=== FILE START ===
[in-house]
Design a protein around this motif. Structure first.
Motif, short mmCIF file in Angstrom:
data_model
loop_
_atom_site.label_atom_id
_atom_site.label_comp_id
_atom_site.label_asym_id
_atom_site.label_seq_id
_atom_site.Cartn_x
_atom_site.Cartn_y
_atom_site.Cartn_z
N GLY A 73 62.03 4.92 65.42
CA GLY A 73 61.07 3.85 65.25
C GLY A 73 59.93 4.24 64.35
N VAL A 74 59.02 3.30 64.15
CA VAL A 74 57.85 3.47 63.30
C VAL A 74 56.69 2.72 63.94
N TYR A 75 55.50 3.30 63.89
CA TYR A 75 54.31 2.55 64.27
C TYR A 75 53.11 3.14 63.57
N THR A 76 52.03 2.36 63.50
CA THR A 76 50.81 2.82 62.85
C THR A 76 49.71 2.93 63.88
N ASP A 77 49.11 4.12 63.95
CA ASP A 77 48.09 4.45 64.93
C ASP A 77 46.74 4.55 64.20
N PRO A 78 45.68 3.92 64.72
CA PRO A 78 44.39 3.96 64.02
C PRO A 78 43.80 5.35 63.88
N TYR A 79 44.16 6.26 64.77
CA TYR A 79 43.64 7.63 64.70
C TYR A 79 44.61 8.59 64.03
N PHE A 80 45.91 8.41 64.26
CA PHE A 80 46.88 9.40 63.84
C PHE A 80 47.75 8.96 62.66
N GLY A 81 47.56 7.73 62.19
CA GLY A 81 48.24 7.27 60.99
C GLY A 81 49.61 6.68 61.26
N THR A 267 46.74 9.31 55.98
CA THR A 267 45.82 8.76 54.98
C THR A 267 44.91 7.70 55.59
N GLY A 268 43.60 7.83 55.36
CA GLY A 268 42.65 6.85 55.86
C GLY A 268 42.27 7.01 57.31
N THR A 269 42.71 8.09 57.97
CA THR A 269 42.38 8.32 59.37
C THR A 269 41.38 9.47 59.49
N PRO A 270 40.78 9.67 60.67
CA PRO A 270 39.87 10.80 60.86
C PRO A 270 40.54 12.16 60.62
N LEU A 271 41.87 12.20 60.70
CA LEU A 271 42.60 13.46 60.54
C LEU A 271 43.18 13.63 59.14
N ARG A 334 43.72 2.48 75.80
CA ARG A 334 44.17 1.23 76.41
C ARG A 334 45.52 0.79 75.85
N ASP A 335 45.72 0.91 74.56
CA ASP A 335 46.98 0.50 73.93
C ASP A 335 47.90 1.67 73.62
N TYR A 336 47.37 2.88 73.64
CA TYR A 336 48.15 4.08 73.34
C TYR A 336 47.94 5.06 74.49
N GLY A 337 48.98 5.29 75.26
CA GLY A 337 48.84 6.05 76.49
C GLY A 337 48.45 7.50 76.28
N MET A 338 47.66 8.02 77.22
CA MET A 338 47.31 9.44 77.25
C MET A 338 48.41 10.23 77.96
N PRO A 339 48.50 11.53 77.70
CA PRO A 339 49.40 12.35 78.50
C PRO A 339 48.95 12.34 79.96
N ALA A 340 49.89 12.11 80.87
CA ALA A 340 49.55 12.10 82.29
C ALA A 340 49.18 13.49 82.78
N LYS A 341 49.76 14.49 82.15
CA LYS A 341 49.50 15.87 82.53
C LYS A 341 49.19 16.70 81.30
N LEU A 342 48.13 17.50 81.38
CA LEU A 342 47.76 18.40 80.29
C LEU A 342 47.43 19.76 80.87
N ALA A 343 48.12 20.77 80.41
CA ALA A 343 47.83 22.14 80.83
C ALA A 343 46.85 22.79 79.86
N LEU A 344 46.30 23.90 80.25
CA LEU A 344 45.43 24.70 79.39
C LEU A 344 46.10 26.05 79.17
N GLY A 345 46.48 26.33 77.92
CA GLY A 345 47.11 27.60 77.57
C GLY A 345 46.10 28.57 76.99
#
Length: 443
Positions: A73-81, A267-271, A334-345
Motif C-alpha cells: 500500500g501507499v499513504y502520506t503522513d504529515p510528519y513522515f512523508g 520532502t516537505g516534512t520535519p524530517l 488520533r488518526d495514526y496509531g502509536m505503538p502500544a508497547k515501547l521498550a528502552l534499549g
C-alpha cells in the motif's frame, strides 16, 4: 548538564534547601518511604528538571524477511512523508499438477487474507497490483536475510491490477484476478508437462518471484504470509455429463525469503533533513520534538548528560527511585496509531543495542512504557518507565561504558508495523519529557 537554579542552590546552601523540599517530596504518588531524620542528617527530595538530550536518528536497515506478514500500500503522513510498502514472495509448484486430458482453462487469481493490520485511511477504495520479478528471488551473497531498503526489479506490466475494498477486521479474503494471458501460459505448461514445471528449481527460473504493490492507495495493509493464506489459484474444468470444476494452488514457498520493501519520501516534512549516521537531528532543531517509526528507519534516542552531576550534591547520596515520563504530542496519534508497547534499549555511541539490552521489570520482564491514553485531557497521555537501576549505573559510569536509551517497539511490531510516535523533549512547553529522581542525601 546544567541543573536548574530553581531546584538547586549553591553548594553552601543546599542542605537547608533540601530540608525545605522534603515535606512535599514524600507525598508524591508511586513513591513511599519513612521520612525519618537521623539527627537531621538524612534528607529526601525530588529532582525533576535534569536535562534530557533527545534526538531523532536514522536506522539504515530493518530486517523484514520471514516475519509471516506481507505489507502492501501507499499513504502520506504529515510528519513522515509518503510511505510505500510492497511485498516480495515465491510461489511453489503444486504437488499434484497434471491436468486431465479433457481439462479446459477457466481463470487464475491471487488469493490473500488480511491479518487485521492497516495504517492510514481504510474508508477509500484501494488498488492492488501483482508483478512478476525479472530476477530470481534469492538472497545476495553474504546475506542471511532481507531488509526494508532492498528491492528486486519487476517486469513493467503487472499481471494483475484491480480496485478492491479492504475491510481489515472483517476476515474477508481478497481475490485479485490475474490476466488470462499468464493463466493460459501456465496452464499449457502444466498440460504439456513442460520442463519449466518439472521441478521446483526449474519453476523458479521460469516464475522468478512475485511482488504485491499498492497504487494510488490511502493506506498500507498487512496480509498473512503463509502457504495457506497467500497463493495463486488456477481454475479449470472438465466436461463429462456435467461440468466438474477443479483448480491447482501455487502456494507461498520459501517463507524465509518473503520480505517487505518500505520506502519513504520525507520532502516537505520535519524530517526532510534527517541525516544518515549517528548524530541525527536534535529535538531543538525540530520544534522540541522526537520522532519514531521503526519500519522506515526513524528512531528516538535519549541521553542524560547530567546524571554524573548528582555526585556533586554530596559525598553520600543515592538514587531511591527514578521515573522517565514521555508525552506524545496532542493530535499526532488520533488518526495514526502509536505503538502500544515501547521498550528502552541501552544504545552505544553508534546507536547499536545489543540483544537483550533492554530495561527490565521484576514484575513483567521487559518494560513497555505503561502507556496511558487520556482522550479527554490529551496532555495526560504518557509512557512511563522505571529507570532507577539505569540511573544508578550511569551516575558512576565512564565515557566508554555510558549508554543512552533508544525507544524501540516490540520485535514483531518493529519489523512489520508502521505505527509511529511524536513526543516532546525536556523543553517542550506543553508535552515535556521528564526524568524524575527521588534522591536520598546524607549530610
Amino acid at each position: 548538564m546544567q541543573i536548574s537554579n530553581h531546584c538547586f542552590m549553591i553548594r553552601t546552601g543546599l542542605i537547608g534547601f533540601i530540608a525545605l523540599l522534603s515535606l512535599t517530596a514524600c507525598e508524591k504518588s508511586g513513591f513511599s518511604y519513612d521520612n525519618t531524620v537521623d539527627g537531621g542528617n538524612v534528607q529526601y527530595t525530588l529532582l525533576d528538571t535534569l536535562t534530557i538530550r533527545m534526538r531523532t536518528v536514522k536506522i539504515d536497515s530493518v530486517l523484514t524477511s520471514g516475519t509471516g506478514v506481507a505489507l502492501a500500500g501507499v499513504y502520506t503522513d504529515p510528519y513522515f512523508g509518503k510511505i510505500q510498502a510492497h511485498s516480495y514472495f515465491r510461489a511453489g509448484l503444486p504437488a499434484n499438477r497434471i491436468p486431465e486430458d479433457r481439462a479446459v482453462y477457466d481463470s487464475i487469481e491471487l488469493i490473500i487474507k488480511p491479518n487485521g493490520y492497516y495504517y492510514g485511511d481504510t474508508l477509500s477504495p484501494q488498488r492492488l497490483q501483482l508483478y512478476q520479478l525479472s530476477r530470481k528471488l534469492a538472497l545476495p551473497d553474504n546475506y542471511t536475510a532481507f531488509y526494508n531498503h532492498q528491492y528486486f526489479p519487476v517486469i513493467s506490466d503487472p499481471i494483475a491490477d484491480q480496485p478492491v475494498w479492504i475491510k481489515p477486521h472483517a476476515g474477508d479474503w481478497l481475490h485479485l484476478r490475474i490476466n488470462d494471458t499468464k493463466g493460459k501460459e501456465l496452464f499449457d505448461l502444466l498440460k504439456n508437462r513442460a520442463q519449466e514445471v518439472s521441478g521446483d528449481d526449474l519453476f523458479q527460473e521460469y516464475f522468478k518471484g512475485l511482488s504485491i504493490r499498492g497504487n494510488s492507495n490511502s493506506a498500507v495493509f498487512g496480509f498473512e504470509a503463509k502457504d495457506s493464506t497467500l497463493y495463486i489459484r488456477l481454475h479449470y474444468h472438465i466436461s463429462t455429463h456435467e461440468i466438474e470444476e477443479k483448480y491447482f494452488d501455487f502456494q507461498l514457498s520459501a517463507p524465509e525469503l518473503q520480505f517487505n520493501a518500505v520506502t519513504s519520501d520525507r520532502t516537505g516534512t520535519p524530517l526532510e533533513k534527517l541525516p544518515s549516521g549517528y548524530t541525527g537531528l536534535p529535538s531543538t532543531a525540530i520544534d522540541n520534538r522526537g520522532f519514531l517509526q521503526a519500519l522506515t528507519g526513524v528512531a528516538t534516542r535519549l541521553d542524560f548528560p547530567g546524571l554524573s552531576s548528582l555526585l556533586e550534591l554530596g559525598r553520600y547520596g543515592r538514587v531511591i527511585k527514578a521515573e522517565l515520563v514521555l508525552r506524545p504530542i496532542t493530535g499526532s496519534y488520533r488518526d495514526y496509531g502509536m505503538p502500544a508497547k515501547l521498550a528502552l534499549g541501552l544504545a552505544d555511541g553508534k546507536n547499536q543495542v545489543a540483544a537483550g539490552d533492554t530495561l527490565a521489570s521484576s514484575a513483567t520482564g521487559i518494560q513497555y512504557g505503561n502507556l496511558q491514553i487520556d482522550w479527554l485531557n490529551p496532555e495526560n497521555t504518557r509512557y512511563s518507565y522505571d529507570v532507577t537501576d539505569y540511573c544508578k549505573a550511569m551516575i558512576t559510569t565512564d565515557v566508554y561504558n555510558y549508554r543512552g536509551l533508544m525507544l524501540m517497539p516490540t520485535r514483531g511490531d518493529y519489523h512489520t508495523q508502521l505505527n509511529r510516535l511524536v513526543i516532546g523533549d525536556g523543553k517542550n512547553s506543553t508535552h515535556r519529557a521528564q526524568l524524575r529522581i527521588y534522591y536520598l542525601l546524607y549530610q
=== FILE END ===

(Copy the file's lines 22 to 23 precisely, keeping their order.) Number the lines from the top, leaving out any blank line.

N THR A 76 52.03 2.36 63.50
CA THR A 76 50.81 2.82 62.85